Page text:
10.4.2 Onchocerciasis






In tropical and subtropical humid endemic areas, mostly commonly in sub-Saharan Africa. “Improted” cases have been reported from other areas.


Onchocerciasis is one of the most frequent causes of (“river”) blindness.


Parasitic infectious disease caused by the filarial nematode Onchocerca volvulus, causing dermatologic, ocular, and systemic manifestations.

Aetiology & Pathogenesis

In endemic areas of Africa and Central America, the black fly (buffalo gnat; which breed near fast-flowing rivers) is the vector for Onchocerca volvulus. Subsequent to the bite of a fly, thousands of microfilariae (immature worms) migrate via blood into the subcutaneous tissue and eyes where they cause mature into adult worms and cause symptoms.

Signs & Symptoms

Painless, freely mobile, subcutaneous onchcercal nodule (1-3 cm; onchocercoma), replete with organisms are most commonly found at bony prominences. There also is severe pruritus, eczematous dermatitis, lichenification, subcutaneous and dermal atrophy and spotted depigmentation (“leopard skin”); accompanying blindness (“river blindness”).


Extremities, trunk, buttocks, waist, and upper aspect of the thighs.


  • Acute papular onchodermatitis.

  • Chronic papular onchodermatitis.

  • Lichenified onchodermatitis.

  • Atrophy.

  • Depigmentation.


Clinical classification and grading system (Murdoch).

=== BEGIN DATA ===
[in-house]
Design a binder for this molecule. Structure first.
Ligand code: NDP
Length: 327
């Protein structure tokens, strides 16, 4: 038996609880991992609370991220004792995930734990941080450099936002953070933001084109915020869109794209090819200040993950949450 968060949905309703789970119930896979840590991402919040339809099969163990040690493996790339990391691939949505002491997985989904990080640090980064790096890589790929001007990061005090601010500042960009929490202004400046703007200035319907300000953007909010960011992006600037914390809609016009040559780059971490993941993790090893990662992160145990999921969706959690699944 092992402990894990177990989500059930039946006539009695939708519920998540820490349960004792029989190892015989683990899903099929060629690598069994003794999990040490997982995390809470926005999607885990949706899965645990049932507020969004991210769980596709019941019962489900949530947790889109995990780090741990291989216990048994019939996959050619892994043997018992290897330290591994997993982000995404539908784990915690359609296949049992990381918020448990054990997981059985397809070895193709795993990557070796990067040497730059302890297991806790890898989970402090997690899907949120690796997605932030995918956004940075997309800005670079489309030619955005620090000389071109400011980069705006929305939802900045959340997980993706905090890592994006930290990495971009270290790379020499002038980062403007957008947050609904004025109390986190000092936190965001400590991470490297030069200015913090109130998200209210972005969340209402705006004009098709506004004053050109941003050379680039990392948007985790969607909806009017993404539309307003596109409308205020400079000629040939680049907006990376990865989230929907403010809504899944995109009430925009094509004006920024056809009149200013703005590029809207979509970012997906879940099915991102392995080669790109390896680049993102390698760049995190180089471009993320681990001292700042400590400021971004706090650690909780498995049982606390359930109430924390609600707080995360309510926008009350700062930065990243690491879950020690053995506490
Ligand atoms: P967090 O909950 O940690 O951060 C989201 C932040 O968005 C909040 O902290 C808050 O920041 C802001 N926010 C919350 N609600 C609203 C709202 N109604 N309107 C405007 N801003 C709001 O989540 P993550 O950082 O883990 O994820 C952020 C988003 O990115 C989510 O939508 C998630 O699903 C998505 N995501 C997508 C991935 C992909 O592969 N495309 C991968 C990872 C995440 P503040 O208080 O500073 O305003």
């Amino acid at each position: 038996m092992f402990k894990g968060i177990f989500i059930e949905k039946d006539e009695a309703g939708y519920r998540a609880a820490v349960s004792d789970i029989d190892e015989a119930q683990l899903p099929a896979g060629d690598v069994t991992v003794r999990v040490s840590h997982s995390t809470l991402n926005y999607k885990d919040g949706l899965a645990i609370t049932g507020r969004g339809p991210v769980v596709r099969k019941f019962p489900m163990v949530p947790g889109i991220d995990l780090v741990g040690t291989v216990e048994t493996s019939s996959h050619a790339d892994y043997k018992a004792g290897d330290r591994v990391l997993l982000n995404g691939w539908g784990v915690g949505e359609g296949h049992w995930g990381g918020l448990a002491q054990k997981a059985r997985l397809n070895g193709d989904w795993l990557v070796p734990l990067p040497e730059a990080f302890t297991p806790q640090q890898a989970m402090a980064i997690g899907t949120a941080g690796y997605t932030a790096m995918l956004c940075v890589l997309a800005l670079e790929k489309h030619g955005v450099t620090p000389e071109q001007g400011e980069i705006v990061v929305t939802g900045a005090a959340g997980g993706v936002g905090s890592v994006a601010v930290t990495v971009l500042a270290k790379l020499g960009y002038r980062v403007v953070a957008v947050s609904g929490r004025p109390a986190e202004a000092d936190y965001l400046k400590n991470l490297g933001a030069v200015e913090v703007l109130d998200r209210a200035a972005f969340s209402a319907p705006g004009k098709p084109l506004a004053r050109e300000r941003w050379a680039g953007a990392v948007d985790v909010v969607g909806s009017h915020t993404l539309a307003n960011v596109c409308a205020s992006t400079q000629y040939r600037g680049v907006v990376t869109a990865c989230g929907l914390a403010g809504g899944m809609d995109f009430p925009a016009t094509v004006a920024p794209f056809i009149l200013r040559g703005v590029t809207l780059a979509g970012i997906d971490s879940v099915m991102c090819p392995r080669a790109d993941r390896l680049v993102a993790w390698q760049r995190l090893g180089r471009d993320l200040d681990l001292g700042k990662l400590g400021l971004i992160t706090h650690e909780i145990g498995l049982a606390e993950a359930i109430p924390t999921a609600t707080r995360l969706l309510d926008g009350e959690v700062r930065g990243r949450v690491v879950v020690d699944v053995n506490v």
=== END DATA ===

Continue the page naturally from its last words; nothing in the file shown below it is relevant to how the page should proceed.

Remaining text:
Laboratory & other workups

Eosinophilia (up to 40%). Microscopic examination of microfilaria, emerging from skin snips and in subcutaneous nodules respectively.


  • Multitude of entangled worms of both sexes (paired worms) within encapsulated nodules (onchocercoma).

  • Microfilaria in the papillary dermis.

  • Subepidermal edema and strong inflammatory response with formation of microabscesses around necrotic larvae.

  • Mixed cellular infiltrate, with histiocytes, lymphocytes, neutrophils, eosinophils, and plasma cells.


Chronic; see classification.


In endemic areas, onchocerciasis is one of the most frequent causes of (“river”) blindness.


Clinical, eosinophilia, microscopic identification of microfilaria.

Differential diagnosis

Podoconiosis; other tropicalparasitic infestations.

Prevention & Therapy

  • Ivermectin: 0.15-0.2 mg/kg PO 3 1 dose; may repeat in 3-12 months for the life of an adult worm.

  • Doxycycline: 100 mg QD PO 3 6 wks.



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